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At age 18, I took a painting class as a freshman at a small college in North Carolina.  As a result, I didn't so much decide to become an artist as I came to realize that this was what I was and would always be.  Making art came naturally. While not the most talented draftsman, I realized an instinctive ability to see and understand shapes and forms in relation to one another.  I have also come to realize that growing up around Washington DC in the midst of some of the greatest museums in the country provided an important early exposure to great art from all periods.

Early on, it was apparent that I had a good grasp of anatomy and the human form.  I pursued this study as an apprentice with Dr. Graham Weathers, a local sculptor in North Carolina, whom I met in 1979.  Dr. Weathers' work emphasized anatomical precision, and this experience gave me the foundational tools I needed, in both a material and aesthetic sense, to begin my work as a sculptor.  During this formative period, I began to develop the ability to see forms and shapes as they existed in space, aware that relationships were musical and visual compositions, creating rhythms by orchestrating forms in space.

After completing my BFA from Belmont Abbey College, I returned to the D.C. area focused on making sculpture.  It never seemed to matter what materials I used; I worked with what was available.  I have always had a strong confidence in my ability to make art with almost any medium. I was twenty-one, a young sculptor with a lot of energy, a chainsaw, and a forest of fallen trees available to me. I began carving wood and assembling masses of tree parts. While these pieces were somewhat representational, they were the beginning of my truly realizing and developing forms in relation to space.  By day, I worked construction jobs; by night, I made art. My inclination was always to work large, and this preference that started with the human form and Dr. Weathers carried over to wood carving.  I did this relentlessly for two years with very little social life.  What emerged was a growing understanding of nonobjective forms, and I began to see, without hesitation, shapes, lines and forms as feeling, forms that took on an expression without depending on any recognizable image. I began to see the relationship between our human feeling and how these forms took on an expression without depending on any recognizable image.  My work became increasingly nonobjective.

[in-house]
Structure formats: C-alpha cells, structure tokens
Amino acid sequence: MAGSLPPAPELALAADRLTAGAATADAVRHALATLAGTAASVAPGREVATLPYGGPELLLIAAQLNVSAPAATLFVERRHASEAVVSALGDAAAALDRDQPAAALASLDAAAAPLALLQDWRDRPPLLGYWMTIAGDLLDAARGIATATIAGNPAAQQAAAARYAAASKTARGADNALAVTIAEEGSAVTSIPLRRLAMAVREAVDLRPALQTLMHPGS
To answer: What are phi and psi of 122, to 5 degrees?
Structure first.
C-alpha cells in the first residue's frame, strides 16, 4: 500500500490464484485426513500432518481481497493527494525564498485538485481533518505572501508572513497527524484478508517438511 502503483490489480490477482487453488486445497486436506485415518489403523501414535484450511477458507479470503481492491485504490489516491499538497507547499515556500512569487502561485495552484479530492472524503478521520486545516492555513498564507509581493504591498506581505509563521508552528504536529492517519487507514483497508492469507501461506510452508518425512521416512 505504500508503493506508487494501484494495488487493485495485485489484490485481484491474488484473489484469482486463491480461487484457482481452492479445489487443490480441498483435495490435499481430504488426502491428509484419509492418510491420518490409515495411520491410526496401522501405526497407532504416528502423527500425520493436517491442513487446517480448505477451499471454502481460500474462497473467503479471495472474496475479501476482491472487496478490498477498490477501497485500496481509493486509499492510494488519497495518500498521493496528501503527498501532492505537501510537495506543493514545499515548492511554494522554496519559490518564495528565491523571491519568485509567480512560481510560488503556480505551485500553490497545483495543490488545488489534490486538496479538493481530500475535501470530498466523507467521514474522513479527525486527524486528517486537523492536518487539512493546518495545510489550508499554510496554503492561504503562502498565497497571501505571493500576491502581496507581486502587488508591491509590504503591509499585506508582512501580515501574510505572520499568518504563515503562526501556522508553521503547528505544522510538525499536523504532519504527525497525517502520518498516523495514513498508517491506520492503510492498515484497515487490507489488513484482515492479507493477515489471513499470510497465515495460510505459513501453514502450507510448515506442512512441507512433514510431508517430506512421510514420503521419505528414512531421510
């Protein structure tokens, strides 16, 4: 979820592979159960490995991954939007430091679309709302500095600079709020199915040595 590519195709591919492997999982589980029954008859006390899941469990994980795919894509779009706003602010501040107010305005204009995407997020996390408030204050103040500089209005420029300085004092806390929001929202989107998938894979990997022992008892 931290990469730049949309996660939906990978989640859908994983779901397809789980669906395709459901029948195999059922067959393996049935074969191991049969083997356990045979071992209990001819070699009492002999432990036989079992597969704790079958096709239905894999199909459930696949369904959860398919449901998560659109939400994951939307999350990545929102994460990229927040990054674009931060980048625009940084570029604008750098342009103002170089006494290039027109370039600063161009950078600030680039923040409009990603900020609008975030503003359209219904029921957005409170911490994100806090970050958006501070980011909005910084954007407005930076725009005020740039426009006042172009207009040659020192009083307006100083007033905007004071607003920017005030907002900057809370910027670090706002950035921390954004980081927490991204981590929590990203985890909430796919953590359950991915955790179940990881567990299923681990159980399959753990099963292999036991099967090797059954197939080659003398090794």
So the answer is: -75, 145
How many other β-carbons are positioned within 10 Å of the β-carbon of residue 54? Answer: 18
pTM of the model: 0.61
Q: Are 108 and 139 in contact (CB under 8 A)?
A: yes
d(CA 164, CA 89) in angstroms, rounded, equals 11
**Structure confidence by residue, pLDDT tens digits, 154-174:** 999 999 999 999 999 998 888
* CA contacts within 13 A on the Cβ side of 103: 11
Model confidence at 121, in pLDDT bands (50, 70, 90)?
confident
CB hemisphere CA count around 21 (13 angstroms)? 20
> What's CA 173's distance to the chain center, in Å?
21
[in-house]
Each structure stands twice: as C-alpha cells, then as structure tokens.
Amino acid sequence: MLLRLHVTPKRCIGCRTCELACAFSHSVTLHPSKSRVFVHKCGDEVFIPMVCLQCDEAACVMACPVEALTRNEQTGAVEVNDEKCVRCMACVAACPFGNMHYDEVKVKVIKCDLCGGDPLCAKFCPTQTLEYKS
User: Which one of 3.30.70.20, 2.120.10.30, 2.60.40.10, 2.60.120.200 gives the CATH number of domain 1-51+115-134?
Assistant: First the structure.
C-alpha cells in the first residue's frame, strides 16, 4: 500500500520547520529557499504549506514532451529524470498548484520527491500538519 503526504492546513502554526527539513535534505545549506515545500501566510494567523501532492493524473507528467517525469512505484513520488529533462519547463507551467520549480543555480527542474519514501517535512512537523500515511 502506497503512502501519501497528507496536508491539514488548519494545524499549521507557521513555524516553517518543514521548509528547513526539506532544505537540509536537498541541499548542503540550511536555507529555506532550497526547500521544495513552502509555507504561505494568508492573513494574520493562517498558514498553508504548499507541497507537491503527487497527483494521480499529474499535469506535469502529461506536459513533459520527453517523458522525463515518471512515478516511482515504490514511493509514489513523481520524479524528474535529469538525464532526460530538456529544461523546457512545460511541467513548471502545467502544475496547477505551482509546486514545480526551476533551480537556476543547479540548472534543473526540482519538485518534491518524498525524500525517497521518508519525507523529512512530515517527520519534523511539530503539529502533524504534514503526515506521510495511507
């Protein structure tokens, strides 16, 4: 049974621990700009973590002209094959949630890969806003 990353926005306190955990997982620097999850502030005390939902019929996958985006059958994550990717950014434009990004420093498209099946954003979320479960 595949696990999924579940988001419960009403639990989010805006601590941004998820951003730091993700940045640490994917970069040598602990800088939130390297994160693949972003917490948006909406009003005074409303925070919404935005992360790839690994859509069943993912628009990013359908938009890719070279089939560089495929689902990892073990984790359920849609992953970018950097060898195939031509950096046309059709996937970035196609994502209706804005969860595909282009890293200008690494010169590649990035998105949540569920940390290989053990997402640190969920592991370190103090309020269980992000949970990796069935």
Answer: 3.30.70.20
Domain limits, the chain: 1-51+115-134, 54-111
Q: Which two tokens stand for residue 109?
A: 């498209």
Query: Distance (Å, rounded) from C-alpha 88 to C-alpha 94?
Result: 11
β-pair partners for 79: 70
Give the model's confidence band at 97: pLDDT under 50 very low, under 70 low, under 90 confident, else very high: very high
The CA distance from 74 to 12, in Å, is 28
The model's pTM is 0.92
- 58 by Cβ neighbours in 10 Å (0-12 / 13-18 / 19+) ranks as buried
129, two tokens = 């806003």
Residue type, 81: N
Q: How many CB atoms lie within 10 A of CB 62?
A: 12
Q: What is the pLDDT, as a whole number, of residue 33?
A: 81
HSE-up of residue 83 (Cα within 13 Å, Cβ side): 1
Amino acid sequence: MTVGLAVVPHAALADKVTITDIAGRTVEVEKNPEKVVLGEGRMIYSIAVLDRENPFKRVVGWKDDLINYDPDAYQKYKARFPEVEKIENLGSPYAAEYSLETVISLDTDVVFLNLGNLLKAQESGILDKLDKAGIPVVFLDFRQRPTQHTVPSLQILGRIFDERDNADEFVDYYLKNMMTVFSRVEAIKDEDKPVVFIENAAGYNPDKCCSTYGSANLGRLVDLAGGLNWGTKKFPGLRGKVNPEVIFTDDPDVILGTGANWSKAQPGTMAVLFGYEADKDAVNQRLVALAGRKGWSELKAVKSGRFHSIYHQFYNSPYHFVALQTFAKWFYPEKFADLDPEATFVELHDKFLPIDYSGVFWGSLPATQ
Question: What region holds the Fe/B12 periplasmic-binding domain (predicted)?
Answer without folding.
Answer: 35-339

I started graduate school at Bradley University, Peoria, IL in 1981, with an assistantship. At this point my sculpture had become completely nonobjective, large scale steel and wood constructions.  Simultaneously I quietly continued to draw the figure and sculpt small figures in wax, seeing everything I did in terms of form and intuitive feeling.  Consequently, I had become well rounded technically with confidence in any medium.  My focus became increasingly philosophical, and I discovered a great kinship between my own thoughts and the writings of Susanne K Langer. I began to comprehend reasoning for making art that was beyond talent and skill; most importantly I was forming a tighter bond of understanding between my self and the work I was creating. My reading of Langer confirmed my growing understanding of art as an arrangement of forms, shapes, colors and lines that were elements that had the power to exude feeling. The lines between various art forms began to fade as I considered writing and music, words and notes, composed to make beautiful, meaningful sounds, structures, and stories. I could see the interrelationships of painting, sculpture, abstract, realism, writing, film, music, dance—all with a cohesive relationship to one another. Formal elements could be composed in a way that translated to feelings, passion and, most of all, love, whatever the medium.  I concluded my MFA in 1985 by confounding my professors with my thesis exhibit, which consisted entirely of life size figurative sculpture and large-scale self-portrait charcoal drawings. To this point, faculty had only known me as a welding, wood carving sculptor.  It was apparent that I was inherently a figurative artist; the human form played a vital role in my work.